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Wednesday Within the Second Week of Lent

Jeremiah 18: 18-20
Matthew 20: 17-28

Beata Passio

On Sunday last we celebrated the Transfiguration of the Lord. Today, three days later, the liturgy sets before us the mystery of His beata Passio, as the Roman Canon calls it, His blessed Passion. The Passion of Our Lord is as blessed as it was bitter; its bitterness contains the source of all blessedness, that is, of all our bliss, of eternal beatitude.

The Prayer of Jeremiah

The prophet Jeremiah threatened, hated, and rejected by his enemies, is a figure of Our Lord Jesus Christ. The First Reading gives us Jeremiah's prayer in great anguish:

Give heed to me, O Lord,
and listen to my plea . . .
Remember how I stood before Thee to speak good for them,
to turn away Thy wrath from them.

The Prayer of Jesus

Jeremiah's prayer announces the prayer of Jesus in His Passion. The Letter to the Hebrews tells us that, "In the days of His flesh, Jesus offered up prayers and supplications, with loud cries and tears, to Him who was able to save Him from death, and He was heard for His godly fear" (Heb 5:7). From the Cross, Jesus interceded for those who hated Him, and for those who nailed Him to the awful Tree: "Father, forgive them; for they know not what they do" (Lk 23:34). Down through the ages, the Holy Spirit has moved the Church to enter into the prayer of Christ: to pray as He prayed.

The Prayer of Mary

So deeply did today's text from Jeremiah penetrate the heart of the Church that it became the Offertory Antiphon of the Mass of September 15th, the feast of the Seven Sorrows of the Blessed Virgin Mary:

Recordare, Virgo Mater Dei . . .
Be mindful, O Virgin Mother of God,
when thou standest in the sight of the Lord,
to speak good things for us,
and to turn away His anger from us.

The Church recognizes in the Mother of Sorrows the New Eve, the Woman in whom the whole mystery of the Church is contained and revealed. The prayer of Christ becomes her prayer. Mary, the spotless image of the Church, stands with her Son in ceaseless intercession, "since He always lives to make intercession for those who draw near to God through Him" (cf. Heb 7:25). The prayer of Mary passes entirely into the prayer of Jesus, and His prayer passes entirely into hers.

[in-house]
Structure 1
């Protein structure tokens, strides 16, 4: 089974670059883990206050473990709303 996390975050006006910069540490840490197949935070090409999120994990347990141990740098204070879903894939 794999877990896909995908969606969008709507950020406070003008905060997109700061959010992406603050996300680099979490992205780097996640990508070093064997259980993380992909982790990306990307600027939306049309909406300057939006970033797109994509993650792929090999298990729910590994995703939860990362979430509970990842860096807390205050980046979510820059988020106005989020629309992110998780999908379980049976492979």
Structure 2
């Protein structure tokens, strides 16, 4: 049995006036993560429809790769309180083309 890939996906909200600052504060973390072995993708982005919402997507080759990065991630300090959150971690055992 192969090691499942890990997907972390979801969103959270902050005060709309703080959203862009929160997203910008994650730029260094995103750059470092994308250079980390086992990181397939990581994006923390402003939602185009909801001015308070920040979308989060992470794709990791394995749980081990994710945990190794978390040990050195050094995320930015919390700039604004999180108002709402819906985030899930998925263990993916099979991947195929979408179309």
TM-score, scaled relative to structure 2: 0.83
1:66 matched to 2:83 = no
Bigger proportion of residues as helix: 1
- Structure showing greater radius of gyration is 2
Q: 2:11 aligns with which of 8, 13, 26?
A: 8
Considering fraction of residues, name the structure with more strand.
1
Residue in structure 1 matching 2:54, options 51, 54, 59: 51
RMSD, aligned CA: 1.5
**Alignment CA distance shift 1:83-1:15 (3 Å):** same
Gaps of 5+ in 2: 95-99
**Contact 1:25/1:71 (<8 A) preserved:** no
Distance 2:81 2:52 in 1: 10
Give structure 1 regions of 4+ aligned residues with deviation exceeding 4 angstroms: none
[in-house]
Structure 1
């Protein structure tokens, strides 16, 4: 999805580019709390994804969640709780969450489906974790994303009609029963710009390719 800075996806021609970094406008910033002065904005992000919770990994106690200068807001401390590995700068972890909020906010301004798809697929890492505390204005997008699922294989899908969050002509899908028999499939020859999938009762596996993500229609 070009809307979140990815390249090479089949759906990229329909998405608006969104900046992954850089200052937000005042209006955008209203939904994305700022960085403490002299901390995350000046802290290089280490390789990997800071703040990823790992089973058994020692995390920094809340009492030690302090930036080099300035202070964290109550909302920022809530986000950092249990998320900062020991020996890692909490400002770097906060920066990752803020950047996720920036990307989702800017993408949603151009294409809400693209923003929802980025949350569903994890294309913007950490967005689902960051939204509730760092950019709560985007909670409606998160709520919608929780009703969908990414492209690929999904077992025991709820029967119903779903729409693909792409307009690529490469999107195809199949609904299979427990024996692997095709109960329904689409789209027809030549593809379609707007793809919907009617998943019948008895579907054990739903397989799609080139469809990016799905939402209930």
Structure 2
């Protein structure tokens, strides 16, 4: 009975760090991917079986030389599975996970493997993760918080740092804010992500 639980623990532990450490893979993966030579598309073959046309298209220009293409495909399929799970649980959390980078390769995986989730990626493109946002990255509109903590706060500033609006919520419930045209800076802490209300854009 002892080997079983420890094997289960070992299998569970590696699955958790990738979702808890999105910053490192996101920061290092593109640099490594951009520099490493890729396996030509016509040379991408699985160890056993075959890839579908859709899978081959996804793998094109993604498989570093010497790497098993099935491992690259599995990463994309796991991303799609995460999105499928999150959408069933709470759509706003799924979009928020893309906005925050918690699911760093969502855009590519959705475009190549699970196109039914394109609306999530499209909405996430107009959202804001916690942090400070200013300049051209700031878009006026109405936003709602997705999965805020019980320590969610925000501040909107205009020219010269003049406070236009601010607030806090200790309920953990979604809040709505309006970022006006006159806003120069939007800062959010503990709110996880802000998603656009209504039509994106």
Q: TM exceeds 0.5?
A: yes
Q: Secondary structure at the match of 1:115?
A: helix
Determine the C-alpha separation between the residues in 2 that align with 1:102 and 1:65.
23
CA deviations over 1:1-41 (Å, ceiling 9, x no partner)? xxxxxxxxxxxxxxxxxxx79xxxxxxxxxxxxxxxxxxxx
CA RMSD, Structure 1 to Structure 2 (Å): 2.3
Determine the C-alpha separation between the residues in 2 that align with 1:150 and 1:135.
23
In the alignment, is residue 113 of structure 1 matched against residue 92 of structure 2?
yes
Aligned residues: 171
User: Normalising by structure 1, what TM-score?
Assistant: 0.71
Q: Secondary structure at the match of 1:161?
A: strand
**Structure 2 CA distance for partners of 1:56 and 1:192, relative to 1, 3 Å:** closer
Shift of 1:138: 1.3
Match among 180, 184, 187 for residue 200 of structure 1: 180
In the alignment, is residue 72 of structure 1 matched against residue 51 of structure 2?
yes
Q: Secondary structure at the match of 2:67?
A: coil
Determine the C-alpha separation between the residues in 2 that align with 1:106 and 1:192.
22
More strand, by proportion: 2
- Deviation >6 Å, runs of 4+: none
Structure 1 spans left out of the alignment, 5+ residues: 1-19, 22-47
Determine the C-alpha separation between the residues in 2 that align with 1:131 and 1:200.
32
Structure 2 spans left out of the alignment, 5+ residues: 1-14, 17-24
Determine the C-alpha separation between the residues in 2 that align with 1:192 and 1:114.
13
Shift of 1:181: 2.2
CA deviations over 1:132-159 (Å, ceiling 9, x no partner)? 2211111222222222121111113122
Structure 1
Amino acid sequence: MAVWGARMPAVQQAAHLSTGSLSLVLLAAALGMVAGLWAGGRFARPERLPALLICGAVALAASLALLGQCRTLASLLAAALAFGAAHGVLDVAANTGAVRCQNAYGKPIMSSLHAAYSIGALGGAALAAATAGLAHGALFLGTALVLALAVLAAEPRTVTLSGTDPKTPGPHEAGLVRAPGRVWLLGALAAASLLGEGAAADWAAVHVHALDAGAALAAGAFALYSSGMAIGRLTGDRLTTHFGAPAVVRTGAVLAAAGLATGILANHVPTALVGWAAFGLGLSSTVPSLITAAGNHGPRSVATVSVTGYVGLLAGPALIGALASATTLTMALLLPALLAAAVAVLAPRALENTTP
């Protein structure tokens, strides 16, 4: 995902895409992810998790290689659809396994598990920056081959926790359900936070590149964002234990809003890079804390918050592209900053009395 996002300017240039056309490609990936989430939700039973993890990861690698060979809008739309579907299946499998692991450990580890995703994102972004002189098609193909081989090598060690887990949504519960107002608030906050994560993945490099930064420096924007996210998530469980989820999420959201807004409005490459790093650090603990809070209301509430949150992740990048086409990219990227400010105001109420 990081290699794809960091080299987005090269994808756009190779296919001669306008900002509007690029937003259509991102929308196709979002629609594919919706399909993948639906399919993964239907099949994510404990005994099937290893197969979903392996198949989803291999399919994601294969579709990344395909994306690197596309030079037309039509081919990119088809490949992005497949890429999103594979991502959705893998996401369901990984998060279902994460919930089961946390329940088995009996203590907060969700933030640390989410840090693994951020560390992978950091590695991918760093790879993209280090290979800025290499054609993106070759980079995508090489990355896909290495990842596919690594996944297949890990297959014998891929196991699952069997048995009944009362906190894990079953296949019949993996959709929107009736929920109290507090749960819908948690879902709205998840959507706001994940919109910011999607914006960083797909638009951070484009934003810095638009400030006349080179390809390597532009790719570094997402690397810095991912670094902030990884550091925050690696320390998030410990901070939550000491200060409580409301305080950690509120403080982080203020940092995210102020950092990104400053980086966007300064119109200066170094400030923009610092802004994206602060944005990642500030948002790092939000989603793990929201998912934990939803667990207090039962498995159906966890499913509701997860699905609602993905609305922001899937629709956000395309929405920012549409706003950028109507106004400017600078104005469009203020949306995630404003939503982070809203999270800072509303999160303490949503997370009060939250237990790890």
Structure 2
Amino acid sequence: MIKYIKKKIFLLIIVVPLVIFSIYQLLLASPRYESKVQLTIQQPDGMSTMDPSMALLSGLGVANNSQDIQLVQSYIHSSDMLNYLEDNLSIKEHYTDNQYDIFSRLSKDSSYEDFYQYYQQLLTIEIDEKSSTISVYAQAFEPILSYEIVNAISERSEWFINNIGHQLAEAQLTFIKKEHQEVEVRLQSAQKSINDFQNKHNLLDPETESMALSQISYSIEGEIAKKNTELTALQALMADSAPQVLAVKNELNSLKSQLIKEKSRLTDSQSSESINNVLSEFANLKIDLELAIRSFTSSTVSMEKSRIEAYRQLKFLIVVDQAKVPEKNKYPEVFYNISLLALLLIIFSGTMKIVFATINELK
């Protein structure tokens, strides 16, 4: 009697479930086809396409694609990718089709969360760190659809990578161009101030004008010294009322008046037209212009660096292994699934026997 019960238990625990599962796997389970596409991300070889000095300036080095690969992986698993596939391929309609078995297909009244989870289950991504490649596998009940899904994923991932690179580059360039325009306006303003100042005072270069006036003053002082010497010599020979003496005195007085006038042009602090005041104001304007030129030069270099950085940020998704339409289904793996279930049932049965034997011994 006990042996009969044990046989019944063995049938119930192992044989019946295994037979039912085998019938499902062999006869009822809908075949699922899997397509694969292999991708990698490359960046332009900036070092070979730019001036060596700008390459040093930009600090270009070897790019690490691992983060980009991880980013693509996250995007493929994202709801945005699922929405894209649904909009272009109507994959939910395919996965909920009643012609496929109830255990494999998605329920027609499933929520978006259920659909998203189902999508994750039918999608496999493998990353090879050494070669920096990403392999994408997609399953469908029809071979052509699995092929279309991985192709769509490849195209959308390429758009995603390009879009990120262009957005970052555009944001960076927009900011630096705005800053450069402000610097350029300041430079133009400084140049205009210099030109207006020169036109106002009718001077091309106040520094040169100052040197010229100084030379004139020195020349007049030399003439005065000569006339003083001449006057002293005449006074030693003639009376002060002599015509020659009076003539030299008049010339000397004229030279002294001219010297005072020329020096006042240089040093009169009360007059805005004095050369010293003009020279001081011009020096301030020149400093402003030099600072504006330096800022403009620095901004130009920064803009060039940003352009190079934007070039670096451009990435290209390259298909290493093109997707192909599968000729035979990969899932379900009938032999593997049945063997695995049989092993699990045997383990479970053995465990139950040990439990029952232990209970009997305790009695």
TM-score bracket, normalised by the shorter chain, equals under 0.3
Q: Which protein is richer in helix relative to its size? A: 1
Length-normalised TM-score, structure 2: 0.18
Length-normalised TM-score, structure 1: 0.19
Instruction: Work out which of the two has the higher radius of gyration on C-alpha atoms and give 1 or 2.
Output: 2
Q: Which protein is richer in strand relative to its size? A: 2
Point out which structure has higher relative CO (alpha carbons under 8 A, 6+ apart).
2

A Gospel in Three Acts

The Gospel contains three acts: first, the prophecy of the Passion and Resurrection; second, the request made by the mother of James and John, and Jesus' mysterious reply to her; third, Jesus' teaching on humility or, if you will, on the slavery assumed out of love. The Church privileges the first act in today's Gospel. How do we know that? By consulting the traditional Benedictus and Magnificat Antiphons for Wednesday in the Second Week of Lent. All throughout the Lenten liturgy these daily antiphons serve as mystagogical keys to the liturgy of each day. They are the Church's way of taking to heart the core of the Gospel proclaimed at Holy Mass.

Focus on the Passion

And so, this morning at Lauds she sang: "Behold, we go up to Jerusalem: and the Son of God shall be betrayed and crucified." And at Vespers she will sing: "For He shall be delivered unto the Gentiles, to mock, and to scourge, and to crucify Him."

The message is clear. The Church would have us focus on the bitter and blessed Passion of the Lord. She would have us keep His sufferings before our eyes. The obvious way of prolonging today's liturgy would be by making the Way of the Cross. One might also want to say with Saint Mecthilde:

O passio magna!
O profunda vulnera!
O sanguinis effusio!
O dulcis dulcedo!
O mortis amaritudo!
Da nobis vitam aeternam.

O great Passion,
O deep wounds,
O outpouring of Blood,
O ineffable sweetness,
O death suffered in every bitterness,
give us life!


Father, we just purchased a Roman Missal, 1962---and also--- The Little Office of the Blessed Virgin Mary (both from Baronius Press)--- and we are finding the instructions for their "use" to be confusing, we don't know the meaning of Lauds, Prime, etc---can you recommend a source that explains both texts for beginners? Thank you.
When you cite the daily readings are you using the Roman Missal? Thank you. Susan

I sometimes use the Baronius edition of the RM; I also use other translations and editions.

As for the Hours of the Little Office, there are a good many fine introductions to liturgical prayer that you might want to consult. Generally speaking
— Matins and Lauds are best prayed in the early morning;
— Prime before beginning the daily round of activities;
— Tierce (9:00 a.m.) recalls the descent of the Holy Spirit at Pentecost;
— Sext (12:00 noon) recalls Our Lord's crucifixion;
— None (3:00 p.m.) recalls Our Lord's death on the Cross;
— Vespers is prayed at sunset;
— Compline before bedtime.

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About Dom Mark

Dom Mark Daniel Kirby is Conventual Prior of Silverstream Priory in Stamullen, County Meath, Ireland. The ecclesial mandate of his Benedictine community is the adoration of the Most Holy Sacrament of the Altar in a spirit of reparation, and in intercession for the sanctification of priests.

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